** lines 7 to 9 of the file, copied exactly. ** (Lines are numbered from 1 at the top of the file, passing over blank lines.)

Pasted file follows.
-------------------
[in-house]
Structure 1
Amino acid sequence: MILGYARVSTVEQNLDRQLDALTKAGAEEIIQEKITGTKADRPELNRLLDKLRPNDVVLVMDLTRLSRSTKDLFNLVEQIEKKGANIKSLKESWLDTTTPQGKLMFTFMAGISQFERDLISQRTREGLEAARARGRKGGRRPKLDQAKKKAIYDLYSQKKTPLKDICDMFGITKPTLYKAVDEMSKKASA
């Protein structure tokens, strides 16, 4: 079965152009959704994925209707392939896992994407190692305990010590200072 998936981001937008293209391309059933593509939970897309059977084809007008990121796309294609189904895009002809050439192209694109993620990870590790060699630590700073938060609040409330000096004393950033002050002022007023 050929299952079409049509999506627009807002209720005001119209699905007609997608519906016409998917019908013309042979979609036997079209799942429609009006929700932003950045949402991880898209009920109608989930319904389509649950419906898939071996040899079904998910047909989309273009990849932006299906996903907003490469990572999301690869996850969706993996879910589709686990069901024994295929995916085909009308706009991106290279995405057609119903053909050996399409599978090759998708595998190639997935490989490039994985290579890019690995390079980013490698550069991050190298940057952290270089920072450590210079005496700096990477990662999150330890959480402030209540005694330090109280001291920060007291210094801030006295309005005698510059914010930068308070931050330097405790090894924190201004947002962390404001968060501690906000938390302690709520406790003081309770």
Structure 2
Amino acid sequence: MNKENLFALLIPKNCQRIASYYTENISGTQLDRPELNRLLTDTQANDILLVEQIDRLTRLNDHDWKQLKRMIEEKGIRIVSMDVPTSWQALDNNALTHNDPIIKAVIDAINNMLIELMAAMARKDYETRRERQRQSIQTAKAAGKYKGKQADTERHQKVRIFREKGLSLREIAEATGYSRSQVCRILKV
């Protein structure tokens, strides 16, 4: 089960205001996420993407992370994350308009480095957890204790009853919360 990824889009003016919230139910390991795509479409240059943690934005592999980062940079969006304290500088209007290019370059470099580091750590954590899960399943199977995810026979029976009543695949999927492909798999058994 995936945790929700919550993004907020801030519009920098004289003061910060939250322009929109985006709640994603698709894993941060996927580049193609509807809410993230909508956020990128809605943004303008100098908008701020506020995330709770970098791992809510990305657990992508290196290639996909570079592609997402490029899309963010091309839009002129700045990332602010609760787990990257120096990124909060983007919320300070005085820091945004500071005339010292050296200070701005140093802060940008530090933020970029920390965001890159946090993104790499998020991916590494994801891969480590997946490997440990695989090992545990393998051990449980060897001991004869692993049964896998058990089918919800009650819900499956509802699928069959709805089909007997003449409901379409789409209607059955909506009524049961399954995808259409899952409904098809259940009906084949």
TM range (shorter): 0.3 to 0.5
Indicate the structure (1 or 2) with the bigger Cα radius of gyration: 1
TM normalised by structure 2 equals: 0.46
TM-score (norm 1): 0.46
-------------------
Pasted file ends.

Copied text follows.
């Protein structure tokens, strides 16, 4: 089960205001996420993407992370994350308009480095957890204790009853919360 990824889009003016919230139910390991795509479409240059943690934005592999980062940079969006304290500088209007290019370059470099580091750590954590899960399943199977995810026979029976009543695949999927492909798999058994 995936945790929700919550993004907020801030519009920098004289003061910060939250322009929109985006709640994603698709894993941060996927580049193609509807809410993230909508956020990128809605943004303008100098908008701020506020995330709770970098791992809510990305657990992508290196290639996909570079592609997402490029899309963010091309839009002129700045990332602010609760787990990257120096990124909060983007919320300070005085820091945004500071005339010292050296200070701005140093802060940008530090933020970029920390965001890159946090993104790499998020991916590494994801891969480590997946490997440990695989090992545990393998051990449980060897001991004869692993049964896998058990089918919800009650819900499956509802699928069959709805089909007997003449409901379409789409209607059955909506009524049961399954995808259409899952409904098809259940009906084949």
TM range (shorter): 0.3 to 0.5
Indicate the structure (1 or 2) with the bigger Cα radius of gyration: 1